Tsai Ing-wen addresses the press, Saturday April 16. Photo: Chien Jung-fong, Taipei Times
Former Democratic Progressive Party (DPP) chairman Shih Ming-teh (施明德) has failed to lure 2012 presidential hopeful Tsai Ing-wen (蔡英文) into a moral mud-slinging contest.
Tsai released a brief statement yesterday saying she would not dignify Shih’s demand for clarity on her sexual orientation with a response. The Taipei Times quoted her,
“There is nothing wrong with any gender, sexual orientation or marital status. Nobody has the right to question another [on this],” Tsai said in a short -300-word public statement.
Tsai said she would use the opportunity presented by the furor to promote awareness about discrimination, suggesting that an individual’s right to privacy concerning their sexual orientation was akin to a human rights issue. She said she would work to “eliminate gender discrimination in Taiwan.”
The fact that Shih brought up Tsai’s sexuality as somehow indicative of her ability to lead is puzzling. I am not sure what kind of effect it will have on the telephone polls leading up to the primaries, but it would shock me if it hurt her chances.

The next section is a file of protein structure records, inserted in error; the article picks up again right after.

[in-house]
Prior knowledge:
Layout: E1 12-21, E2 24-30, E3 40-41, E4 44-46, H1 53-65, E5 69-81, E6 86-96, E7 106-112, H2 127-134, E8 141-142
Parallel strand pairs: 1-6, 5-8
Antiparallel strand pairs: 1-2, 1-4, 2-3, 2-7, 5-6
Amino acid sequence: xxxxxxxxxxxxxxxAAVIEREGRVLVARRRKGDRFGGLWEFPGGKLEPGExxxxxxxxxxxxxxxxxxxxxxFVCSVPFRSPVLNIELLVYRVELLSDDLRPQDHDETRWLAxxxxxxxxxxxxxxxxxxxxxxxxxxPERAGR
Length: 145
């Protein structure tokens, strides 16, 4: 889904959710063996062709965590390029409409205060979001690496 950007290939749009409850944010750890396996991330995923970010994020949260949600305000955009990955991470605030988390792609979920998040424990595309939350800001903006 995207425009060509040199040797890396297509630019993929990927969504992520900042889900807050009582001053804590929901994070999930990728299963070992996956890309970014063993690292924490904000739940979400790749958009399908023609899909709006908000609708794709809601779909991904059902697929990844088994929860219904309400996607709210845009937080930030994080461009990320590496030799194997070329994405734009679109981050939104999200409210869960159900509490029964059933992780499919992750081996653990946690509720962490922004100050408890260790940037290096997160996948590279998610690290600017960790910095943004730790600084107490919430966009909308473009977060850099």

Taiwan is an increasingly open society. It is home to by far the most out gay community I have ever encountered. Being gay is still often an issue within the family, but those who cling to traditional beliefs are often more on the social fringe than those they try to stigmatize.
Taiwan’s gay community is expanding as more and more people feel confident coming out. The percentage of openly gay individuals id going to only continue to rise here.
Why? Not exactly sure. But it probably has something to do with not all females wanting to be pale-skinned, squeaky-voice, cutesy-dolls and males who don’t want to be traditional power-hungry chauvinists.
Taiwan, like much of Asia, is experiencing a rapid recasting of traditional gender roles. Less people are getting married, less couples are having children. The entire dating dynamic is shifting, particularly moving away from family connections as the Internet provides the ability to meet more people more easily. Young people’s personal lives are becoming more personal.
Tsai seems much more in tune with her populace. I’d say she handled this insult very presidentially.
P.S. I’ve pretty much lost all respect for Shih at this point. Four years ago, he had me fooled. As the outspoken leader of the campaign to take down Chen Shui-bian, he portrayed himself as a non-partisan reformer set on rooting out corruption. But as the movement’s momentum begin to wane and new cases of political corruption came to light, he went into seclusion. It’s pretty clear he’s a hack, and he’s intent on splitting the DPP camp.